90 Years Of Theater For The Community

Pry Family Quilt

The Potomac Playmakers will celebrate their 90th year of performances this November with a throwback presentation of the same play they began with.

Performance hopefuls ring the room as the Potomac Playmakers host auditions for the upcoming season opening. Among them is veteran thespian Al Gardner who has 115 performances to his credit on the Hagerstown stage and elsewhere. “I’m 200 years old and I discovered I have a face that makes people laugh,” he quips — a bit of mischief in his brilliant blue eyes. In truth, he is 89, yet still younger than the Playmakers organization itself. The Hagerstown community theater will celebrate its 90th anniversary in November.

“The Potomac Playmakers have been around a long time,” notes Barry Harbaugh, the group’s board president. “We are probably the fourth or fifth oldest community theater group in the country. I think that longevity alone speaks to the quality of our productions and the commitment of our volunteers, sponsors and patrons.” Ninety years of success is cause to celebrate and the upcoming fall schedule of shows and special events promises a fitting tribute, delighting audiences while challenging and rewarding actors as well.

Presenting from their long-time home at the Hagerstown Women’s Club on South Prospect Street, the Playmakers open their 2016 season on Sept. 9 showcasing three one-act plays by local playwrights recognized in the Frostburg, writing competition. On Nov. 11, the group will launch their true anniversary celebration with “The Boomerang,” the same 1920s romantic comedy Playmakers debuted on their first opening night on Nov. 11, 1926. According to show director and board secretary Barb McCormick, this promises a big production with a gorgeous set and costumes.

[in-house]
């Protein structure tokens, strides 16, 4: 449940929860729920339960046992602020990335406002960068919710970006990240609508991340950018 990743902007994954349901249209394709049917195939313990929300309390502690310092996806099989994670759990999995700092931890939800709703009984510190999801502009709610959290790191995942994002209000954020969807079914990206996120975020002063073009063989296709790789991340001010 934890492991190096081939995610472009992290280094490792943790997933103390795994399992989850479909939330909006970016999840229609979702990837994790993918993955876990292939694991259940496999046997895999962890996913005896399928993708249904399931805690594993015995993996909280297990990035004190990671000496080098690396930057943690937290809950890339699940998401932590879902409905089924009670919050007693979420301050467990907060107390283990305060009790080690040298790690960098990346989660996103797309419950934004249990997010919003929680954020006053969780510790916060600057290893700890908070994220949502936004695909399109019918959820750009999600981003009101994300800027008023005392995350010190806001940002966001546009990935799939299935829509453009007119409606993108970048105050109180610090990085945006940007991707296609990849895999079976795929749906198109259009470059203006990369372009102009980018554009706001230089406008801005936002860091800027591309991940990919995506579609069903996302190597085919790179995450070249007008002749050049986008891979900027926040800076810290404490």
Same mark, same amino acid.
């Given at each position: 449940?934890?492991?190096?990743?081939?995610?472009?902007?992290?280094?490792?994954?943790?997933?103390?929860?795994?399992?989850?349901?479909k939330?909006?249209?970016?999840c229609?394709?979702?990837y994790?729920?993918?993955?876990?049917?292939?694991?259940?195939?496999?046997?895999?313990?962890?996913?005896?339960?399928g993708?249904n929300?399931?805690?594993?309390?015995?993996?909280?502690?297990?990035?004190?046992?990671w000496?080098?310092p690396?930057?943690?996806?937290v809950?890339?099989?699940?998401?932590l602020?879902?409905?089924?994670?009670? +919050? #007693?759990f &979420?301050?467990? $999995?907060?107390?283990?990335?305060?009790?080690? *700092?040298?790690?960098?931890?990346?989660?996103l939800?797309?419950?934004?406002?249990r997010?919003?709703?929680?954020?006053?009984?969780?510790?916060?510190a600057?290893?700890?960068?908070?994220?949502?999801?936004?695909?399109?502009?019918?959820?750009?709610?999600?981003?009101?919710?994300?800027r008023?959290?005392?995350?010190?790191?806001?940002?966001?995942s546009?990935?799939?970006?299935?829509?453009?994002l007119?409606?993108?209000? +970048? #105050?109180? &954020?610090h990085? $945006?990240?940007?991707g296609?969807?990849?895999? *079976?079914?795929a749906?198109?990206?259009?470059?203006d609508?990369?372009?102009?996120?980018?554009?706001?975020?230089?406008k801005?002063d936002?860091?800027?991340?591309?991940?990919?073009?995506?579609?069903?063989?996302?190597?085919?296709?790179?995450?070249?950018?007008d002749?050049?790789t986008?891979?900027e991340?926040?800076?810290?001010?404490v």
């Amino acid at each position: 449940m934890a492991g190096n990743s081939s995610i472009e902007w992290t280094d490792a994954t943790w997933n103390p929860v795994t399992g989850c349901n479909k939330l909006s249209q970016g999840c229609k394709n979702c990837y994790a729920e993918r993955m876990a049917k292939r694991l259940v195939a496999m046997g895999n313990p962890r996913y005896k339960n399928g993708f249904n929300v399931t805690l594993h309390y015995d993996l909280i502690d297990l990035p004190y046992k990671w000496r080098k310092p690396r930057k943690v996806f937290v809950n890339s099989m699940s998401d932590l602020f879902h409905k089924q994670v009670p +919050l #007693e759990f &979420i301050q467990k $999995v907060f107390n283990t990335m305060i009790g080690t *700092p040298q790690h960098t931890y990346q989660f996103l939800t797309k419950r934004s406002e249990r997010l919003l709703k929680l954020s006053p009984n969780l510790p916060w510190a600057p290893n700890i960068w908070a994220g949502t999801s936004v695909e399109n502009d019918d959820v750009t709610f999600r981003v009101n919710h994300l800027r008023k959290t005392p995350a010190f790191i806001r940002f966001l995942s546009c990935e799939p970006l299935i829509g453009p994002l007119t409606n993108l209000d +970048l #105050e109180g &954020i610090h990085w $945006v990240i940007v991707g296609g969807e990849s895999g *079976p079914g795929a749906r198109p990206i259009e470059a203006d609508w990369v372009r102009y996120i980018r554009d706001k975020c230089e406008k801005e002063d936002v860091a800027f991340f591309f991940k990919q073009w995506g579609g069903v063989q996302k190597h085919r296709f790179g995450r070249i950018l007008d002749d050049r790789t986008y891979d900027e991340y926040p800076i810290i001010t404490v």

Like most nonprofits, community theaters struggle financially and must keep an eye to the future. Among the challenges is technology that sends entertainment directly to the viewer — on demand, and on devices that are always at the fingertips. The success of live theater depends on its ability to deliver something more. That’s the delineator the Playmakers offer; their productions are more than a passive experience. The audience becomes invested as a story unfolds. They see, hear and feel it in real time, without interruption.